In another aspect, the invention features a controller for controlling power conditioning units in a power plant, the controller being configured to cause power provided to the grid to have selected electrical characteristics, the controller being in high speed real-time communication with the power conditioning units and being programmed to provide instructions to the power conditioning units for execution within one cycle of line voltage.
Another aspect of the invention features a computer-readable medium having encoded thereon software for controlling power conditioning units in a power plant, the software including instructions for determining a response to a voltage event providing instructions to power conditioning units in response to the voltage event within one cycle of line voltage.
In some embodiments, the instructions further include instructions for causing the at least one of the power conditioning units to supply unbalanced reactive power.
In other embodiments, the instructions further include instructions for responding to a voltage event at a point-of-interconnection with a power grid.
These and other features of the invention will be apparent from the following detailed description and the accompanying figures, in which:
BRIEF DESCRIPTION OF THE FIGURES
FIGS. 1-3 show embodiments of a power plant; and
. 4 shows a wind-turbine having a converter. DETAILED DESCRIPTION
The power plant described herein is described as using photovoltaic cells.
However, the control system described herein for controlling the power plant does not rely on any particular form of power generation. Accordingly, the power plant could include wind turbines, fuel cells, hydroelectric generators, or conventional rotating machines driven by fossil fuel or nuclear energy. A power plant 10 controlled by a central controller 12, shown in FIG. 1, includes arrays 14 of photovoltaic modules. The outputs of each array 14 are fed into a combiner 16, which then feeds into an inverter 18. Alternatives to a combiner 16 include a DC-to- DC module for localized Maximum Power Point Tracking (MPPT) and/or boosting voltage in response to, for example, passage of a cloud over the corresponding portion of the solar array 14, thus keeping the DC voltage level delivered to the inverter 18 constant, The inverter 18 accepts a DC input and provides an AC output. In the resulting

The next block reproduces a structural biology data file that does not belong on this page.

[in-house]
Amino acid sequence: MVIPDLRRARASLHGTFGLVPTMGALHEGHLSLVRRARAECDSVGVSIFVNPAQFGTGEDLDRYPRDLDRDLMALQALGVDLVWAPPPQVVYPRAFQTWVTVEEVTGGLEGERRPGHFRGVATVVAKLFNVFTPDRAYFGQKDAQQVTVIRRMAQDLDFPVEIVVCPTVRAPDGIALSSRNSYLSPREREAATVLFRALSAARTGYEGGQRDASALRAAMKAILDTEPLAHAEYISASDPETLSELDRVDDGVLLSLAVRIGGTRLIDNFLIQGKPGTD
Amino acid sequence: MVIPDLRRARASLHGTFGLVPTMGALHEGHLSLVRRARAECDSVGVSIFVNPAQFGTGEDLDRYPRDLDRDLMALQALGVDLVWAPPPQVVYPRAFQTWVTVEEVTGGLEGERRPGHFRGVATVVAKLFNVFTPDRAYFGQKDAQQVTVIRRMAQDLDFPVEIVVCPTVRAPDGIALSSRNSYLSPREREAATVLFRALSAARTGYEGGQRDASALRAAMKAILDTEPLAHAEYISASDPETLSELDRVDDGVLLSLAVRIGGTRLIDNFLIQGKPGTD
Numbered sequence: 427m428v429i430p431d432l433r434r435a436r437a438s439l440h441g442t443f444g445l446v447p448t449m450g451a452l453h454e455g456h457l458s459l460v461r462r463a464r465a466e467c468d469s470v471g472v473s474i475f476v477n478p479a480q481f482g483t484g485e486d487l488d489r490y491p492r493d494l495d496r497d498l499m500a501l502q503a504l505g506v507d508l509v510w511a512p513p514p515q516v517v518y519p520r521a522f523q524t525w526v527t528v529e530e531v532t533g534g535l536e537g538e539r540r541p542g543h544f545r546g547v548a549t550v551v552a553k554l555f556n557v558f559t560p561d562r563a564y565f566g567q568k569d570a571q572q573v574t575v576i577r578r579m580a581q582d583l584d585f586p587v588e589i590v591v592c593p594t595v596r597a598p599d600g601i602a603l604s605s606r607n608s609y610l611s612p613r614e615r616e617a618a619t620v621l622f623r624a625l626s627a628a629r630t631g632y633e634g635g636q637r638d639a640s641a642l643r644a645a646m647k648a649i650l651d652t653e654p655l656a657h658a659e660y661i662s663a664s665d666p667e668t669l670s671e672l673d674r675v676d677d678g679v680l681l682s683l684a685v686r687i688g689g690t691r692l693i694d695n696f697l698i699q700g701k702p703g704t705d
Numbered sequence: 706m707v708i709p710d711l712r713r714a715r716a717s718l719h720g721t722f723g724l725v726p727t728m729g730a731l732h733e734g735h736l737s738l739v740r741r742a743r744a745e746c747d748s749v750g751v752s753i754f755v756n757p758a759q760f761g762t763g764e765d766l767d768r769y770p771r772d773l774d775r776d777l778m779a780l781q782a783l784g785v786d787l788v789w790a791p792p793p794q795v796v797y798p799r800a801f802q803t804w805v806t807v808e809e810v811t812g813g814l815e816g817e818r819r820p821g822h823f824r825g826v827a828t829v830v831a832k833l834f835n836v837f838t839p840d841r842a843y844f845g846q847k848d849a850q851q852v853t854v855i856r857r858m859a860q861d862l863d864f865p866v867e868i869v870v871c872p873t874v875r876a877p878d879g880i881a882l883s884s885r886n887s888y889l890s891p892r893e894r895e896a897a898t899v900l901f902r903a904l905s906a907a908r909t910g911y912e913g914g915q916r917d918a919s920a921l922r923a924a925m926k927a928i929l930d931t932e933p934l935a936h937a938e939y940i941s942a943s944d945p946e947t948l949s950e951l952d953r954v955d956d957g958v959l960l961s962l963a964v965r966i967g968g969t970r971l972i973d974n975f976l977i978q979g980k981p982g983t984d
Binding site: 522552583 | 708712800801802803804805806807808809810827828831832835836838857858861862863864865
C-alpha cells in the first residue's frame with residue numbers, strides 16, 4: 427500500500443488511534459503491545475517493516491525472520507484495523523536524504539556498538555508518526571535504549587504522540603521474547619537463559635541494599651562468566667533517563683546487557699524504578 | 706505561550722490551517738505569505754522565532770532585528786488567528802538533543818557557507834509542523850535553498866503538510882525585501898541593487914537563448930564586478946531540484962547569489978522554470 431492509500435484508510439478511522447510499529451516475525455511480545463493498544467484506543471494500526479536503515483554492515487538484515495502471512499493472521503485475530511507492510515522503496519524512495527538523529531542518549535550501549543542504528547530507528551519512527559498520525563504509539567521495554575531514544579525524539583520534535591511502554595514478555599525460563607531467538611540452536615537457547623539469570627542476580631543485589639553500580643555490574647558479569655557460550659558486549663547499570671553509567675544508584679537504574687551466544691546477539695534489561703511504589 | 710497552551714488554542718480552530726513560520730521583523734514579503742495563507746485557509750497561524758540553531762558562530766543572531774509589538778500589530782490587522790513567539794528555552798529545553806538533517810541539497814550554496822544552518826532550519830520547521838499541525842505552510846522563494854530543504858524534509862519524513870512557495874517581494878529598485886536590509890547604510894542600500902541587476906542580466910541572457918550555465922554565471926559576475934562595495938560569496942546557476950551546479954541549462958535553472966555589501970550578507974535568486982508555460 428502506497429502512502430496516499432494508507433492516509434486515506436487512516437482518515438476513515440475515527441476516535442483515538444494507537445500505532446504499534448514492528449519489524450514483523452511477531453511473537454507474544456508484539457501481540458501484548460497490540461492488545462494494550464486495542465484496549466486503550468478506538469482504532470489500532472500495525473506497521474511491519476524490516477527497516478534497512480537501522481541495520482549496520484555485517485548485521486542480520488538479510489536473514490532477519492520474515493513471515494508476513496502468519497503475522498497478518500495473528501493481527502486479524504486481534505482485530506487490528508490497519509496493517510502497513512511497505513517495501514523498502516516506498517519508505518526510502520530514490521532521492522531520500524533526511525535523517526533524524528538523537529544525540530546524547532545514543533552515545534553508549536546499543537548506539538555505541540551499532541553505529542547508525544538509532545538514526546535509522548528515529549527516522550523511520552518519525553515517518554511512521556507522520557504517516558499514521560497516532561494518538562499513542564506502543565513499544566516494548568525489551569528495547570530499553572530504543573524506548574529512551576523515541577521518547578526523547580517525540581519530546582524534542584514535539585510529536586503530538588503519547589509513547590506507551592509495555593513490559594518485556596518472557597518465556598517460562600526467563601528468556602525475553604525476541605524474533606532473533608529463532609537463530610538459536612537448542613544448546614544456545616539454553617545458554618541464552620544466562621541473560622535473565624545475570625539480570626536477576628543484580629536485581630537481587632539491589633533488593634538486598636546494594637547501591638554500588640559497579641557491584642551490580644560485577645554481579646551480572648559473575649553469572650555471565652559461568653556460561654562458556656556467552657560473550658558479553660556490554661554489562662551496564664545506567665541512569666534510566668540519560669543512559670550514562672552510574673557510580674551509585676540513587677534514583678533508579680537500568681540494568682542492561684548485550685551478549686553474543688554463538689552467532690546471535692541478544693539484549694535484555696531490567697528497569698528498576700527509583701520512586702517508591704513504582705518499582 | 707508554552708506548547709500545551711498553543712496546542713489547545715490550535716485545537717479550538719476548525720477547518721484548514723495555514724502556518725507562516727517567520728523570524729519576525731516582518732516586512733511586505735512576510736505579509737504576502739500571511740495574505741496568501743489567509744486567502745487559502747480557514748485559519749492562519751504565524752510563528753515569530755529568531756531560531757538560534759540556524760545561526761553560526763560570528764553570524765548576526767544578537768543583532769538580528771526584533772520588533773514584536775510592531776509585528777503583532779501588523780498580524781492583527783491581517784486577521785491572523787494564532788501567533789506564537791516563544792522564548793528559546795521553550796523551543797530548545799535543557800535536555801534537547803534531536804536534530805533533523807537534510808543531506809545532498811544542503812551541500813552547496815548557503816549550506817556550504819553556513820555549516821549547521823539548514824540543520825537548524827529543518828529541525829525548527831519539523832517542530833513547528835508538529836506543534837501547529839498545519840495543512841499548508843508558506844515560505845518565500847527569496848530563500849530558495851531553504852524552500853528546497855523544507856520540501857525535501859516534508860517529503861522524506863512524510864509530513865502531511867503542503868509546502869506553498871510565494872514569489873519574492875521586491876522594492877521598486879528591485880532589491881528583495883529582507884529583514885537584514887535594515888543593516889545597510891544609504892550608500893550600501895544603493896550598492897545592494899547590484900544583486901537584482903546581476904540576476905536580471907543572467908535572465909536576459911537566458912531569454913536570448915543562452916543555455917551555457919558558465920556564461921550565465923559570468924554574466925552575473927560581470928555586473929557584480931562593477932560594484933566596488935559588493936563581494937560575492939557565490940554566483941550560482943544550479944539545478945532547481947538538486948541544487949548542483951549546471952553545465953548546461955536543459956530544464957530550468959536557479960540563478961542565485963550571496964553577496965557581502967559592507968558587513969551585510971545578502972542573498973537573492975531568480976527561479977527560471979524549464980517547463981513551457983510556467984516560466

AC output, the inverter 18 can also control the phase angle between the output voltage and current waveforms. Accordingly, by controlling this angle, the inverter 18 outputs either purely real power, purely reactive power, or anything in between. A suitable inverter 18 is the SolarTie™inverter 18 rated at 1.4 MW and manufactured by American Superconductor Corporation, of Devens, Massachusetts.
The output of the inverter 18 is then provided to a first transformer 19 for coupling onto a medium- voltage transmission line 20. In some embodiments, the medium-voltage transmission line 20 carries 34.5 kilovolts. A second transformer 22 couples the medium-voltage transmission line 20 to a high-voltage transmission line 24 at
138 kilovolts. The point-of-interconnection 25 with the power grid lies on this high- voltage transmission line 24.
Although FIG. 1 shows solar arrays connected to the inverter 18, the inverter 18 can accept power from other energy sources. Accordingly, the solar plant can be replaced with a wind plant, arrays of fuel cells, energy storage elements, such as batteries, or any combination thereof.
The power plant 10 also includes an ancillary reactive current source, such as a STATCOM ("static synchronous compensator" device 26, that provides only reactive power. An ancillary STATCOM 26 imposes dynamically changing reactive current on the circuit to which it connects. The STATCOM device 26 changes this reactive current quickly in response to changes in the circuit. The output of the ancillary STATCOM device 26 is then provided to a third transformer 28 for distribution onto the medium- voltage transmission line 20. A suitable ancillary STATCOM device is the D-VAR®, manufactured by American Superconductor Corporation, of Devens, Massachusetts.
In some power plants, additional reactive power can be provided by a bank of capacitors and/or inductors, herein referred to as a "shunt banks" 30 that can be selectively switched into the transmission line 20 to either absorb or inject reactive power. The shunt bank 30 can thus be viewed as functioning like an ancillary reactive device 26, though with slower response. In some power plants, arrays of energy storage elements 32, such as batteries, connect to a converter 34, the output of which connects to a fourth transformer 36 for coupling onto the medium- voltage transmission line 20. The converter 34 converts DC power from the energy storage elements 32 into AC power for distribution on the grid. Conversely, the converter 34 absorbs AC power from the grid and stores it in the energy storage elements 32.